Michelle Obama sends powerful message for next generation of leaders

The former first lady talks with Robin Roberts in her first interview since the inauguration about a new version of her bestselling memoir, “Becoming,” for young readers.
6:00 | 03/03/21

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Transcript for Michelle Obama sends powerful message for next generation of leaders
Former first lady -- I love these two -- former first lady Michele Obama with over 15 million copies of her memoir sold worldwide, blockbuster book tour, well, she is now bringing "Becoming" to young readers. I talked with Mrs. Obama. Her first interview since the inauguration and asked her who she is becoming now. I'm becoming more free and I hope I'm becoming smarter and wiser and more patient. I hope I'm becoming someone that is comfortable getting out of the way so that the next generation can take the seat that I'm sitting in. Michelle Obama is making room. Lifting up the nation's future leaders. Oh. It's her longtime mission as former first lady and now with her best-selling memoir adapted for young readers. You know two young women very well. Malia and Sasha. Oh, those two? Yes. What have they learned from your story, do you think? What I hope they learn is that, you know, who they are right now is enough. I says have wanted them to start practicing the power of their voices very early on. Look, if you sit around the dinner table, me and Barack, we can't get a word in edgewise and we like it like that. We want to hear their thoughts and opinions and that's where it begin. Mrs. Obama says it continues with embracing all of life's bumps and bruises along with its triumphs. That message resonating as the country enters a new chapter. What was it like for you to be there, to witness this historic swearing in? Well, it was a glorious day, the sun was shining, the mood was wonderful but it was also I think everyone was concerned about more riots but we were assured that things were under control. When you see fellow Americans storming the capitol, that sits with you. That reality was with us on that stage. But to watch our friend Joe Biden and Jill stand there with their beautiful family to see kamala and her family standing there brave and bold knowing that they were taking on a massive amount of responsibility to get this country back on track. Being American is more than a pride we inherit. It's the past we step into and how we repair it. Another moment, Amanda Gorman. Your first reaction hearing her poem? I was proud and moved almost to tears to hear not just her words but the confidence with which she delivered. I know there are many, many Amanda gormans. I'm just proud when one of them gets a chance to be seen and the rest of the nation and the world gets to see, yep, a lot of black folks contribute to this country. A lot of black folks have made this country what it is today. A rising generation not afraid to call out injustices and demand change. A lot of people were watching those taking to the street following the deaths of George Floyd, breonna Taylor, say their names and unfortunately there are too many names to mention. Is it different this time. I hope so. It feels different. And, you know, what gives me even more hope is what happened at the polls in November. We got to March. We got to protest. And we have to vote. We have toeducated. We have to be informed. Young people are putting those pieces together and understand it's not either/or. It's all of it. And they have had many examples. And Vernon Jordan who recently passed, a civil rights icon, you have any thoughts that you'd like to share about Vernon Jordan? He was a dear friend. He and his family. It is just a reminder that we've got to continue to fill those seats, not just in politics, but Vernon was a powerhouse in business. He worked in civil rights. He did it all. And that's the thick I want young people to know. There are many ways to make change. We need a lot more decent people who have humility and compassion and are ready to be out in the world showing that off in whatever occupation they choose. I remember being in Chicago with you and talking about "Becoming." As soon as you walked into your old high school, you light up around young people. What is it about them? They are our hope. They are -- they are not jaded yet. They are not beaten down by what they're supposed to be. They are still wide open. That's the point of becoming. If you are lucky, you will never become something and that's the end. If you are lucky you will constantly grow and evolve until the day you cannot breathe anymore, you know. We are all learning and becoming something better and greater. She really believes that becoming is an evolving process and it is being adapted for young readers out now. You can see her reaction. When I asked her at the beginning, so who are you now? Who are you becoming now? She was like more relaxed. You can see it. You can sense that and so many projects that she's working on and very excited about but oftentimes comes back to the young'uns with her. Great to hear her description of what was happening on that inauguration day as well. You know, and you wondered even though, you know, everybody was -- it was festive in many ways, the feeling and she did say that was in the back of the mind but also you remember all they had to do was look around and see all the barricades and that but they were not going to let the moment pass them by, what they were seeing there on the stage.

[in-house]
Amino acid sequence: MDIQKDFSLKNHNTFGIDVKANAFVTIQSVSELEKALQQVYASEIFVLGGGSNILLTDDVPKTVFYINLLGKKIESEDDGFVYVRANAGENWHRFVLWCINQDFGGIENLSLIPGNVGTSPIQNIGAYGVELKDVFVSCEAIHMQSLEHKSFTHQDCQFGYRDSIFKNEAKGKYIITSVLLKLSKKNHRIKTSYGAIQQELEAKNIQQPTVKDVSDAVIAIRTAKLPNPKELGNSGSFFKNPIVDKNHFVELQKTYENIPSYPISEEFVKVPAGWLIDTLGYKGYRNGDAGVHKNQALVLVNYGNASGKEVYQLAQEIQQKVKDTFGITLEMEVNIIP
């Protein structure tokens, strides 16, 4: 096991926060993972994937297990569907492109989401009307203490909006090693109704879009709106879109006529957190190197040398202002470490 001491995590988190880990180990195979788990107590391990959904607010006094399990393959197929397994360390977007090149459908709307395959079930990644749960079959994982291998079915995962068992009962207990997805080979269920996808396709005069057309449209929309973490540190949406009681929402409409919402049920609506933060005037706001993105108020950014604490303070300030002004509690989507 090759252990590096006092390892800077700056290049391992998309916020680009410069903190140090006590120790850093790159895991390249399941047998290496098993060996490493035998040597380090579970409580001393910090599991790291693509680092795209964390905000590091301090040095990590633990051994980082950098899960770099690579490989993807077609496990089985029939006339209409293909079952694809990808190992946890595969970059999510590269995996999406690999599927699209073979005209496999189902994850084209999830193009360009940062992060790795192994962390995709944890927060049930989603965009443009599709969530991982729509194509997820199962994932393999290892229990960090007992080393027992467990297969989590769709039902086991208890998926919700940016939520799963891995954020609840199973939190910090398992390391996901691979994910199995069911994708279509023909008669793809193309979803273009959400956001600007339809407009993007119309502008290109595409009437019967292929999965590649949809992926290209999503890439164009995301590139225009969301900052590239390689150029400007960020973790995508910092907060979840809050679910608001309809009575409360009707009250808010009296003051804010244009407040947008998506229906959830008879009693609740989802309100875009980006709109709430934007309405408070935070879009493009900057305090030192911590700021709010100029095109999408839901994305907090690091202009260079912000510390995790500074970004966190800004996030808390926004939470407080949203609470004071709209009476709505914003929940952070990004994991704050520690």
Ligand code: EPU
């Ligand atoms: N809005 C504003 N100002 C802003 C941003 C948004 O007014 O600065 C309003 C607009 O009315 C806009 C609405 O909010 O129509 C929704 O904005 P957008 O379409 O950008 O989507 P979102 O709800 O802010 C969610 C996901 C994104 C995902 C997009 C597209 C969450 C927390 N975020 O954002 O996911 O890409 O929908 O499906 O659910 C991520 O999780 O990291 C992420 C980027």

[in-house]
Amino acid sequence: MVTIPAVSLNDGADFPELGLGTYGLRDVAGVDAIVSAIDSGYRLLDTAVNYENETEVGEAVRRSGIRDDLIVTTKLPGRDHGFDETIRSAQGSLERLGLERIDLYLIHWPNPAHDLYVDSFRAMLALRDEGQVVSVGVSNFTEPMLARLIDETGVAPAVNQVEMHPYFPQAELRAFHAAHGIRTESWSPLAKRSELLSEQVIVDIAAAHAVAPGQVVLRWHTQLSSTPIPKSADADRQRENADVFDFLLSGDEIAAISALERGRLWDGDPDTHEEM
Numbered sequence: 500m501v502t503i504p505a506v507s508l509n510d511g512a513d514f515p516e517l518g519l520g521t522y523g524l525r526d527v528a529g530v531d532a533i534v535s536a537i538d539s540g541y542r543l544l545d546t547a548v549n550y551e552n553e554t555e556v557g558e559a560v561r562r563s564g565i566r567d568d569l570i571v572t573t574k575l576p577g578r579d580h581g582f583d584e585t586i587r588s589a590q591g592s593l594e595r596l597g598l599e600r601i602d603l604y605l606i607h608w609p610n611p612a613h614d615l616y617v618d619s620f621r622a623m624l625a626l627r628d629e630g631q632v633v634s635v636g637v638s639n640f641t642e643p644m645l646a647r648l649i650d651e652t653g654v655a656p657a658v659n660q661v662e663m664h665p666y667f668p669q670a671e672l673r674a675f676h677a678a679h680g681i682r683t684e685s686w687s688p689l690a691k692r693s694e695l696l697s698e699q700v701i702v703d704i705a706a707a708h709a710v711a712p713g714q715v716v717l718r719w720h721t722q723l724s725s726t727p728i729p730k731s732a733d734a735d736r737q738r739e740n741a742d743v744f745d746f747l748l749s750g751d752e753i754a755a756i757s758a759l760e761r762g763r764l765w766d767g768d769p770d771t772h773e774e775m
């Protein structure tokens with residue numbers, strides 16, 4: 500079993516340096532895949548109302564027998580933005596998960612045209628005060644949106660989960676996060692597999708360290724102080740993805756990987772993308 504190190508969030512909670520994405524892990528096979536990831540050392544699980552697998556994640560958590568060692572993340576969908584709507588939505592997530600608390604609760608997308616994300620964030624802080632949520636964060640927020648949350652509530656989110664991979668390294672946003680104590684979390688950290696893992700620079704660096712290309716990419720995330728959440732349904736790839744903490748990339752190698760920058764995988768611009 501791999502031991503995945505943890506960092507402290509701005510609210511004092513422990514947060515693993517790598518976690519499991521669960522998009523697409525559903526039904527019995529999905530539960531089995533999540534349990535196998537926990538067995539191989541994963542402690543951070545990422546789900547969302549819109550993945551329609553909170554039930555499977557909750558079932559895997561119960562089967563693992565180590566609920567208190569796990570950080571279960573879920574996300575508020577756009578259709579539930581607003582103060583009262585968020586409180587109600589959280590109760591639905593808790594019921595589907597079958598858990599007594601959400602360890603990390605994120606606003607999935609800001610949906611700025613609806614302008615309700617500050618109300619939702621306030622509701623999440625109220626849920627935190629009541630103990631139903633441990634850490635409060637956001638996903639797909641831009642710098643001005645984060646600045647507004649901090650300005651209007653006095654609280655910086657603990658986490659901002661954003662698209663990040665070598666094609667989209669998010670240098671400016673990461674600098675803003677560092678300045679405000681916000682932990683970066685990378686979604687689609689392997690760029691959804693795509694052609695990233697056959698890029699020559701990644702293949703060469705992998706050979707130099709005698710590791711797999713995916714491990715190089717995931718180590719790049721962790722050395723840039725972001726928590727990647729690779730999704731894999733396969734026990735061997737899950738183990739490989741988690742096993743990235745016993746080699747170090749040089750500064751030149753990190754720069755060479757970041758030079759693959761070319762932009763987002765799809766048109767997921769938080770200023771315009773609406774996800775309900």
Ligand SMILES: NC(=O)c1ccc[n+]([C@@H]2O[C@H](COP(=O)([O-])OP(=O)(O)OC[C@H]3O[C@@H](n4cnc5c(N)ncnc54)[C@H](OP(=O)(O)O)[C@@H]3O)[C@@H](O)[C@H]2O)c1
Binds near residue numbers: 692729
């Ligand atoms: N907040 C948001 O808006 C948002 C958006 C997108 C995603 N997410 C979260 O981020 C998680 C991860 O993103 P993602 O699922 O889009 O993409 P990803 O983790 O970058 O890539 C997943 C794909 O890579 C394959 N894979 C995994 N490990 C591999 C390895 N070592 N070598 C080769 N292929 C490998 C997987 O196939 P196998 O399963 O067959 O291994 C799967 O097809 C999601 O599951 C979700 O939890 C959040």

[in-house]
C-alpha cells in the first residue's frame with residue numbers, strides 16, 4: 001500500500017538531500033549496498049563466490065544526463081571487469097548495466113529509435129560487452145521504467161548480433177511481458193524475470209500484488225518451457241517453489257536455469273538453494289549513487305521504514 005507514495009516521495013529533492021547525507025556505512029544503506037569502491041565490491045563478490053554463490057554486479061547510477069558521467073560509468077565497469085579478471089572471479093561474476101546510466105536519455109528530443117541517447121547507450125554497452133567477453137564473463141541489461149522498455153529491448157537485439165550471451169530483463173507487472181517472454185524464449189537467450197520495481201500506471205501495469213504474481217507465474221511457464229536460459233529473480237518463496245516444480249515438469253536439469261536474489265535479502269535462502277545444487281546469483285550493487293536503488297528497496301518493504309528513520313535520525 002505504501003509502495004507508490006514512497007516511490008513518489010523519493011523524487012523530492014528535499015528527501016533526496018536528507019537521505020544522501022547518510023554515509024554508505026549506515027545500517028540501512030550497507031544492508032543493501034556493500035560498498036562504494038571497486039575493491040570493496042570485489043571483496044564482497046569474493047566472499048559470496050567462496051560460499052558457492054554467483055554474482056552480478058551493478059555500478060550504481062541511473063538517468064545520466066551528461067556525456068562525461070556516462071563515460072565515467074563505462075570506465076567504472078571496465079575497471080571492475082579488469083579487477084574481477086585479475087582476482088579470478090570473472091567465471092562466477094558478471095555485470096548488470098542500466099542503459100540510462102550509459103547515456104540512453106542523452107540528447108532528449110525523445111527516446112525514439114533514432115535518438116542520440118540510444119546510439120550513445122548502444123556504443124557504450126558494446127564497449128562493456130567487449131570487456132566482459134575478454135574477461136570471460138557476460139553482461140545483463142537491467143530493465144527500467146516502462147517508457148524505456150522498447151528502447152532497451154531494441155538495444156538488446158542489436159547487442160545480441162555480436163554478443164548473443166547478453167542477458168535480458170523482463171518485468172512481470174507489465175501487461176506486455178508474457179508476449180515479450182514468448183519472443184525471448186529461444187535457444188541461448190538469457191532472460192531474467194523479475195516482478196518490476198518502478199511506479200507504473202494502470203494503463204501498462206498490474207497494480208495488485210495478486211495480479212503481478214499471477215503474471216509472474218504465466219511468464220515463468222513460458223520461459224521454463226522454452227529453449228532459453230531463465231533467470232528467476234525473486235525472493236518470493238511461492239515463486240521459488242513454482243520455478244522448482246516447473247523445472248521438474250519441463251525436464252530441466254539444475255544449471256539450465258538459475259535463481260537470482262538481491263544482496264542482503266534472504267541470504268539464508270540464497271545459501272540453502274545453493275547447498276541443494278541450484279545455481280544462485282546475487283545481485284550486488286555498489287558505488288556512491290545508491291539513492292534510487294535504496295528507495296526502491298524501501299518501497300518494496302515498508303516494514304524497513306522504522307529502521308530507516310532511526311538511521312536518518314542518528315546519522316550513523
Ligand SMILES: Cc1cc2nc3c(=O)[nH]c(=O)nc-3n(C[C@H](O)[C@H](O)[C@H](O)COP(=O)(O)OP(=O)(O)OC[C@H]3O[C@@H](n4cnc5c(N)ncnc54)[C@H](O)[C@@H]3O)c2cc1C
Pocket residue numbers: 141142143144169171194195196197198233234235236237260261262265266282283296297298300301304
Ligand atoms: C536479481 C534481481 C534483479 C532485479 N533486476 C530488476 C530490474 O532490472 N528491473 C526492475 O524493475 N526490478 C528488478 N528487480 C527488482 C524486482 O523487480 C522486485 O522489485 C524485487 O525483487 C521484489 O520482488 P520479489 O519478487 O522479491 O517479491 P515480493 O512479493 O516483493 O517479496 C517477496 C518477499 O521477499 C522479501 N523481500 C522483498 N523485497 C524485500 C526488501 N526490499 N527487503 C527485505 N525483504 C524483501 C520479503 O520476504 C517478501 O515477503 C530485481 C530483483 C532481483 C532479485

This transcript has been automatically generated and may not be 100% accurate.

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